By Peter Harrison

In recent times, the kin among technological know-how and faith were the item of renewed cognizance. advancements in physics, biology and the neurosciences have reinvigorated discussions concerning the nature of existence and supreme fact. while, the expansion of anti-evolutionary and clever layout events has led many to the view that technological know-how and faith are inevitably in clash. This e-book offers a finished creation to the kinfolk among technological know-how and faith, with contributions from historians, philosophers, scientists and theologians. It explores the impression of faith at the origins and improvement of technology, non secular reactions to Darwinism, and the hyperlink among technological know-how and secularization. It additionally bargains in-depth discussions of up to date matters, with views from cosmology, evolutionary biology, psychology, and bioethics. the quantity is rounded out with philosophical reflections at the connections among atheism and technology, the character of clinical and non secular wisdom, and divine motion and human freedom.

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Superbly educated in the classical tradition, which he had both studied and taught, Augustine was ordained into the priesthood and, in 395, became bishop of Hippo (a Mediterranean coastal town in North Africa). 11 Inevitably Augustine was drawn into the battle against heretical tendencies of the classical tradition. Scattered through his writings are worries about pagan philosophy and natural science, and admonitions to Christians not to overvalue them. But his voice was often softer, and the tone more accommodating.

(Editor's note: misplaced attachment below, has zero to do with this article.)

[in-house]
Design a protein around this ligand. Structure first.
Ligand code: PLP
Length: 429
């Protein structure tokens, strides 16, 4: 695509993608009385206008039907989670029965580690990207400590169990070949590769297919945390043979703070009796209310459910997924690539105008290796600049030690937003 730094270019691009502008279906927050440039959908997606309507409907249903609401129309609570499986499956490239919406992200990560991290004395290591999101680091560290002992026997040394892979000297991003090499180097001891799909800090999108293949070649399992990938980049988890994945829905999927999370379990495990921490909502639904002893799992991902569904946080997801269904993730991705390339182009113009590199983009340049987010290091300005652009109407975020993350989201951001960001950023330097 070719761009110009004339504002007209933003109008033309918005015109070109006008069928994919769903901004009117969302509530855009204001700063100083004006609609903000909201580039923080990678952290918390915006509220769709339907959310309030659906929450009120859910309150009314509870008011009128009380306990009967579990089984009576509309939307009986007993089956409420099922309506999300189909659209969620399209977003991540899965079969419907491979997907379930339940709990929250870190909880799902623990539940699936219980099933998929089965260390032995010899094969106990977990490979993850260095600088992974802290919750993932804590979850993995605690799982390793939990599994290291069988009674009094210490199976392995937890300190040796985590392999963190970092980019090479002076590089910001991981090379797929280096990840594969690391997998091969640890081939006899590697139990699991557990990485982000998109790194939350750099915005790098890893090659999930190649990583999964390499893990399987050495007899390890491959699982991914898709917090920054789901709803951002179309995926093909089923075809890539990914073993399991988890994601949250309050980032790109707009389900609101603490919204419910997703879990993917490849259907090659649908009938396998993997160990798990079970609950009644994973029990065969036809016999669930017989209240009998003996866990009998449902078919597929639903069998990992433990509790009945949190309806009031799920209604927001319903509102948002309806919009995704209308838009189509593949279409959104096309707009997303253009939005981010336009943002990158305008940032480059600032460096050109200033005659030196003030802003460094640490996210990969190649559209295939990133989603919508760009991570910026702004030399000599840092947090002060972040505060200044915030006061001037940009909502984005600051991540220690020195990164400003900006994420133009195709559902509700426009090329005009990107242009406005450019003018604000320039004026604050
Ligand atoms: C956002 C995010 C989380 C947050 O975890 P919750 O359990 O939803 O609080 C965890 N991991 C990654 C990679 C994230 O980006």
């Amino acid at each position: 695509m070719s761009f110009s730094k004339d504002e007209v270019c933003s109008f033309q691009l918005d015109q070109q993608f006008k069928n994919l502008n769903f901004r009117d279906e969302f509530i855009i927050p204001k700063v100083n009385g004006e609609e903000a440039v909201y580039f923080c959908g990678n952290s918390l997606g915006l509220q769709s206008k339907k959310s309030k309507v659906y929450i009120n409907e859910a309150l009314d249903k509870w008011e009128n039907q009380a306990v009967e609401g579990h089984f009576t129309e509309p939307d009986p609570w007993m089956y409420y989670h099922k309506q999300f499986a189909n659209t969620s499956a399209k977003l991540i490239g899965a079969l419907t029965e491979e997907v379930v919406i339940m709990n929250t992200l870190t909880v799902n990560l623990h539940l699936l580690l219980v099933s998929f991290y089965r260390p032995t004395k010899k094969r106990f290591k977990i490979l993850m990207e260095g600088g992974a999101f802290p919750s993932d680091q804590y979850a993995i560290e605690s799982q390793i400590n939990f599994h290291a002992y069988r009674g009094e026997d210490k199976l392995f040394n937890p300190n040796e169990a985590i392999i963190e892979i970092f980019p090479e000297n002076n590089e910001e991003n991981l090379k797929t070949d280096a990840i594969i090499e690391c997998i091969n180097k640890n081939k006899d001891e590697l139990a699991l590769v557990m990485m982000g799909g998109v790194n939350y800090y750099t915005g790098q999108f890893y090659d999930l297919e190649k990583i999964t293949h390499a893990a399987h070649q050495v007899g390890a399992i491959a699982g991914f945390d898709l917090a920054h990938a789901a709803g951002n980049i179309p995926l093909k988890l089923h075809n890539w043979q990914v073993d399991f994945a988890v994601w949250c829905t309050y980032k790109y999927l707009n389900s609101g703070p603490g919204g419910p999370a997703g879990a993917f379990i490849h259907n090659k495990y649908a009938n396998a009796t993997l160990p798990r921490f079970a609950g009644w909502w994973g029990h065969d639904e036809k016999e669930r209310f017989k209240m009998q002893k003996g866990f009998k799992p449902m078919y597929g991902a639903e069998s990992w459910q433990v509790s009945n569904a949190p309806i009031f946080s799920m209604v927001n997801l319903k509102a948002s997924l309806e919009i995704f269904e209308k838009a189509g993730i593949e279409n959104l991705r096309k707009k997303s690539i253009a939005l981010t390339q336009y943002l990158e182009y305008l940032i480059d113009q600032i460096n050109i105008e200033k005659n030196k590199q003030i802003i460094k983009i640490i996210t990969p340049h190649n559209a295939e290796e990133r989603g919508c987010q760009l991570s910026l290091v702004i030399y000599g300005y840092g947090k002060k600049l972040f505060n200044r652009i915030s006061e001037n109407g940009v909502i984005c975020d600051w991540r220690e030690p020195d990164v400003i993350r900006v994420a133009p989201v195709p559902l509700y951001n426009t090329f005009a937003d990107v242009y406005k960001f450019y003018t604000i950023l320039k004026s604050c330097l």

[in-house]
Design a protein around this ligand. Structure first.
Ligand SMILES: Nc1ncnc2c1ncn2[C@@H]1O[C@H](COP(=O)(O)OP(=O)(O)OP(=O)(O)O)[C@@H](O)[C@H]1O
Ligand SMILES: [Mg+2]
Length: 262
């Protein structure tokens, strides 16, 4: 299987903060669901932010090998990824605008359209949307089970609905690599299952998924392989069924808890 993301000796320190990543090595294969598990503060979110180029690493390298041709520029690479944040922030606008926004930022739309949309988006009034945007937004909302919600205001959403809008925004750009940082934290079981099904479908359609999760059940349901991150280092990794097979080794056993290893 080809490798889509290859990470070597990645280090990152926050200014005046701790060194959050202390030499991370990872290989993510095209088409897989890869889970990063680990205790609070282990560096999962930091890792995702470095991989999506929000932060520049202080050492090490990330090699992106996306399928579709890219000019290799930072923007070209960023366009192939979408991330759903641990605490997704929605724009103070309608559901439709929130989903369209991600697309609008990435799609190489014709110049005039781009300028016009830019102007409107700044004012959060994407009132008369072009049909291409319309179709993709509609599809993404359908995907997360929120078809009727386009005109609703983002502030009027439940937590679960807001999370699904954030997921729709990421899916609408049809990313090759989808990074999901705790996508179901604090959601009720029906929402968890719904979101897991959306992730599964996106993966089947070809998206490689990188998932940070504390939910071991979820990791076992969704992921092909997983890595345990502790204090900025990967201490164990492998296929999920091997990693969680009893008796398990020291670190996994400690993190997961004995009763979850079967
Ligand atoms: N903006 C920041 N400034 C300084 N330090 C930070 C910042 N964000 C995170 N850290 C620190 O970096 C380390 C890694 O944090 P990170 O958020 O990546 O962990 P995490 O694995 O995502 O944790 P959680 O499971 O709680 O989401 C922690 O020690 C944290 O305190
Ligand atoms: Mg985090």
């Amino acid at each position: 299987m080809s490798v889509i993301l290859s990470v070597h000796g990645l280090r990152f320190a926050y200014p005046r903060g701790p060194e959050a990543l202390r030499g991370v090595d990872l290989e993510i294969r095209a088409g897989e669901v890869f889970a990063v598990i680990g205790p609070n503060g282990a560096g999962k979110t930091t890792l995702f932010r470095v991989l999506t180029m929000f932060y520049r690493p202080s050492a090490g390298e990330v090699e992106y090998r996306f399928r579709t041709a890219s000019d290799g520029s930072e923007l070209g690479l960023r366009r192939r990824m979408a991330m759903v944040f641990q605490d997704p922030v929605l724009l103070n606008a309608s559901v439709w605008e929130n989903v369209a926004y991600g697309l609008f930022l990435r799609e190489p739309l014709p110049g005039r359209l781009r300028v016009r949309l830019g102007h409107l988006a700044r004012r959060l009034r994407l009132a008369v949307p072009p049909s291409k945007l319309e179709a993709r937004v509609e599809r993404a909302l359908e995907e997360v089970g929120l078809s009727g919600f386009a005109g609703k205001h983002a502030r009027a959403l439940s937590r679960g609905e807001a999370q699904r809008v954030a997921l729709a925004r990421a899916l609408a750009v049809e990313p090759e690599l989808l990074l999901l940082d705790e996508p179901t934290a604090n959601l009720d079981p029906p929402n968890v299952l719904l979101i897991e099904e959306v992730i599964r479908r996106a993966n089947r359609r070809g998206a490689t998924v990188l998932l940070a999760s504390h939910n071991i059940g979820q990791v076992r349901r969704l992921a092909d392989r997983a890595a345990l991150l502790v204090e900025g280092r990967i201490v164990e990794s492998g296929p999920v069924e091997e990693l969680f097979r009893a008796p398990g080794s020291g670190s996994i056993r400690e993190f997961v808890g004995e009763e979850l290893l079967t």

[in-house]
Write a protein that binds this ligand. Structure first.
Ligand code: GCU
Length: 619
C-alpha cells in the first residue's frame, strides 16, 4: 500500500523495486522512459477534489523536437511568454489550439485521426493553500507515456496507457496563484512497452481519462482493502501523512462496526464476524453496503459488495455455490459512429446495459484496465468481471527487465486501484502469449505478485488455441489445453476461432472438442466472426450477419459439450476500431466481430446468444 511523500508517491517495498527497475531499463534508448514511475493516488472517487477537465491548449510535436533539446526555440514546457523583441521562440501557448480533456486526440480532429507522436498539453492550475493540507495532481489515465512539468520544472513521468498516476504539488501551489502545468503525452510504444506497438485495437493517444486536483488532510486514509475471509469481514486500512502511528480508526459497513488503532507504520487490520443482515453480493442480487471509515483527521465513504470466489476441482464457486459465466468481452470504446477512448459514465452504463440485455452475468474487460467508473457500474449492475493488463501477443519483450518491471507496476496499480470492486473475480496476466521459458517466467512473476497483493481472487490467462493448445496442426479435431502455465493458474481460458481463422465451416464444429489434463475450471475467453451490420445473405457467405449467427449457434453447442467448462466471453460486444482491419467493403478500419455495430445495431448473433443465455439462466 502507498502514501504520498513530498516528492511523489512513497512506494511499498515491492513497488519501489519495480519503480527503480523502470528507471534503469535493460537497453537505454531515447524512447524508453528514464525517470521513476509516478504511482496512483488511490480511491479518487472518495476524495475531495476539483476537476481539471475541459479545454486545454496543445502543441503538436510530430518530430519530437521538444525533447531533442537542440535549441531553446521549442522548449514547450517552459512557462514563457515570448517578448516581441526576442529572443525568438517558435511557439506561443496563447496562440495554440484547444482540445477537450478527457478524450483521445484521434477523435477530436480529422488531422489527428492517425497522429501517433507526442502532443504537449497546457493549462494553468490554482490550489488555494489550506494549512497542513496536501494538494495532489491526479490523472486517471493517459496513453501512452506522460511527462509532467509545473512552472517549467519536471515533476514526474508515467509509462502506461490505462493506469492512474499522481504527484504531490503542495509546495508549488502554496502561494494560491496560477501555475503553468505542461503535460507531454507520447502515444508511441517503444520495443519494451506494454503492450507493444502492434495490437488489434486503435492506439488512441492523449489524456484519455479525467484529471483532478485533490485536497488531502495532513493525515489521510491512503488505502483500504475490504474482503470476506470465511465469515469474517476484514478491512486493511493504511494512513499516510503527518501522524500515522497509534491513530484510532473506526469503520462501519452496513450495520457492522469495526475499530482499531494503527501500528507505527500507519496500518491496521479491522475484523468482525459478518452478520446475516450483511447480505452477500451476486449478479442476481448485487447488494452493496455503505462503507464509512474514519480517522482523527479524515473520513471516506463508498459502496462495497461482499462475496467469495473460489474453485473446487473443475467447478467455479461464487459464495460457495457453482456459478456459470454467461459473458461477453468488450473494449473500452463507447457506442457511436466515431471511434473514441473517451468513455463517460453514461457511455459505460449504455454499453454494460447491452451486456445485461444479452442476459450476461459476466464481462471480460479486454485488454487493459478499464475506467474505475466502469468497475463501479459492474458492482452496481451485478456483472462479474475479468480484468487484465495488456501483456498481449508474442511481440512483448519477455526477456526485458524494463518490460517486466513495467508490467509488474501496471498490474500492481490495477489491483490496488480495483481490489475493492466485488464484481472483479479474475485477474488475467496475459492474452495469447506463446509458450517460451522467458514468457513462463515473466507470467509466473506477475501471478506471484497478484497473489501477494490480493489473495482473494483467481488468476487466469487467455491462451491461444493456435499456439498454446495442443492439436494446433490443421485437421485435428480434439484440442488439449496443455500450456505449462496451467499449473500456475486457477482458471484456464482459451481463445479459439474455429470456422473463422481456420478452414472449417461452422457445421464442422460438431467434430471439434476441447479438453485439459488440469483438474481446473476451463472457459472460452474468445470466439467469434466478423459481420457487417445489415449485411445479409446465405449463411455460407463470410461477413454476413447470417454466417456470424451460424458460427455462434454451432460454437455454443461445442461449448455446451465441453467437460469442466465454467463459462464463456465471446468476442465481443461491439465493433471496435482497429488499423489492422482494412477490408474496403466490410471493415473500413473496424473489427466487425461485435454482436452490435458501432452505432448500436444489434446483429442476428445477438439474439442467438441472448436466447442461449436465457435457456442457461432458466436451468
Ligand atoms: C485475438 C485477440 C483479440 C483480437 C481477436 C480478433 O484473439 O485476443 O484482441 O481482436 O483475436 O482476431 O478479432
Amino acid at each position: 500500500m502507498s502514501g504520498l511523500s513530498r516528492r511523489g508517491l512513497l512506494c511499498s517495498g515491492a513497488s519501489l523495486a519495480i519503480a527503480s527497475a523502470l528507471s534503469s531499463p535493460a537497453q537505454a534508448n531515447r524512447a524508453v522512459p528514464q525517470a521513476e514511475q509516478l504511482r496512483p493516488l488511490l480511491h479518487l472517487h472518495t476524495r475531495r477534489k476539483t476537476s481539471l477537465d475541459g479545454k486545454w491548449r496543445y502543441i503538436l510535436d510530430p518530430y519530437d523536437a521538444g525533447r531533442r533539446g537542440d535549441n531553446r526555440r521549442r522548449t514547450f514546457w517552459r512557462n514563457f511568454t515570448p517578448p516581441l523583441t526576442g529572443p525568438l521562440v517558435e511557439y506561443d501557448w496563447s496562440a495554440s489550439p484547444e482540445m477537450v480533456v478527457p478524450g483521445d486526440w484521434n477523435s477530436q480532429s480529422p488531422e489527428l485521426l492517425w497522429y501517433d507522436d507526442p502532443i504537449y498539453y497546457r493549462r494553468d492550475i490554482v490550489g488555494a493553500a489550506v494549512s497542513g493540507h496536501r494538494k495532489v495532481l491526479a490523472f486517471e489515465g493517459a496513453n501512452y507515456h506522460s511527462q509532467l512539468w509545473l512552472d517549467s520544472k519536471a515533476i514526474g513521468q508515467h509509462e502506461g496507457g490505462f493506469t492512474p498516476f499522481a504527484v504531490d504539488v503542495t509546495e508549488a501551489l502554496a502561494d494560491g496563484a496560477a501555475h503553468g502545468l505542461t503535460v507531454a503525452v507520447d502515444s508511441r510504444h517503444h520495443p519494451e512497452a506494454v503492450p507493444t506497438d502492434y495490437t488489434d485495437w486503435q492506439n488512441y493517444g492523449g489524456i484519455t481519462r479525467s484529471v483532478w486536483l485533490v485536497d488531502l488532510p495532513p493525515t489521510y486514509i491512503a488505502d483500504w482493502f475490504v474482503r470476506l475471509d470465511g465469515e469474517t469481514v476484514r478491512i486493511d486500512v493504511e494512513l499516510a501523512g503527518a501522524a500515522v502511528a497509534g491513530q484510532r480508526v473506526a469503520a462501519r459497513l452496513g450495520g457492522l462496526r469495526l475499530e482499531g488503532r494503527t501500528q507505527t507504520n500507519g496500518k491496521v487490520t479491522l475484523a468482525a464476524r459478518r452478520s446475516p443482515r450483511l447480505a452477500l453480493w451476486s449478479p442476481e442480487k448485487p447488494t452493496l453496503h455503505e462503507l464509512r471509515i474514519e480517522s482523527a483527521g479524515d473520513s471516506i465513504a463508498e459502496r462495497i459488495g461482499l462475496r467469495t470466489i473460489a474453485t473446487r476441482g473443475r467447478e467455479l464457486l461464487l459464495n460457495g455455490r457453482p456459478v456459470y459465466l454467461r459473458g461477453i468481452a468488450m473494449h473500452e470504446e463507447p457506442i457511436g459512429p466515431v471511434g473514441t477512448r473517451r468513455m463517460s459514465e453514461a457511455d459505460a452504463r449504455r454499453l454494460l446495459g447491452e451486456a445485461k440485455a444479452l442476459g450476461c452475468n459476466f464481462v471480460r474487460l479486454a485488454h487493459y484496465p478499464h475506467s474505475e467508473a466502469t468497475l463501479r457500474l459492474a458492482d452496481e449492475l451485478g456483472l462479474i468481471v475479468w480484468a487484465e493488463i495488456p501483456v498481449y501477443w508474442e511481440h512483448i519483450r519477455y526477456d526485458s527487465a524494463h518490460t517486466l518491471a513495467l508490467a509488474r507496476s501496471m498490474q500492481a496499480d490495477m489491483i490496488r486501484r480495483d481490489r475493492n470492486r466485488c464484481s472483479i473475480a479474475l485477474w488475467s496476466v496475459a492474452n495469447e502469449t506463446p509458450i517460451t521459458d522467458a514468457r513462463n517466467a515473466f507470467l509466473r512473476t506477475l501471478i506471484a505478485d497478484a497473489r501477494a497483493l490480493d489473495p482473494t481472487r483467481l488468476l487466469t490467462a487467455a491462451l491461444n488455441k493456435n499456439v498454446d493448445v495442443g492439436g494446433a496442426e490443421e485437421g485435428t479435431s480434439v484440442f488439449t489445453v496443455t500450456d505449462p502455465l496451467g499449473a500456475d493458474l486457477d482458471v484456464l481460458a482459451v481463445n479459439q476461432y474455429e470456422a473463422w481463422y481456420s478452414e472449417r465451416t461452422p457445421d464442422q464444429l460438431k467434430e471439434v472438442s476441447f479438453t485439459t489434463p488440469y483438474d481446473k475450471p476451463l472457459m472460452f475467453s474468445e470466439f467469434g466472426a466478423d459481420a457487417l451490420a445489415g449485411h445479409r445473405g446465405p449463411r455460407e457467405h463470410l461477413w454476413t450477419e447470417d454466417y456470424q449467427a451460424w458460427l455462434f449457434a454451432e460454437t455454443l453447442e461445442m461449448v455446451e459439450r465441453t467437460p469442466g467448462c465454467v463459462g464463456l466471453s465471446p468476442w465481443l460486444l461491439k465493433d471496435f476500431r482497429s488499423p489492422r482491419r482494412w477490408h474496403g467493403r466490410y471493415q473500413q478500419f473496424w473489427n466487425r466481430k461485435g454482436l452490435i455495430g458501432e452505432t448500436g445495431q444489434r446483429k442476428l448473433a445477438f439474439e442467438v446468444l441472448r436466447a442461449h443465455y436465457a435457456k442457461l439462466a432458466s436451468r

This kind of policing of innovatory natural philosophy was usually conducted by the Roman Church, which had administrative apparatus for dealing with such matters, but there is evidence that the Reformed Churches might have followed suit if they had had a similar administration. Michael Servetus (1509/11–53) was burnt at the stake in Geneva, under the auspices of Jean Calvin (1509–64). Primarily a medical writer, Servetus is usually credited with being the first to realize that blood travelled from the right ventricle of the heart to the left, not by passing through the flesh of the heart between the two ventricles (as was believed), but by passing through the lungs.

By P. ), rev. edn, A. Cleveland Coxe, vol. III, reprint (Grand Rapids, MI: Eerdmans, 1986), p. 246b. The latter half of this quotation is my translation from the Latin text in Tertulliani Opera, ed. by Nic Rigaltius (Paris, 1664), p. 205. 330–95) in (what is now) central Turkey, and St Augustine of Hippo (354–430), also a North African, to whom we will soon turn. Tertullian, Writings, in Ante-Nicene Fathers, vol. III, p. 246b. See Draper, History of the Conflict between Religion and Science, ch.

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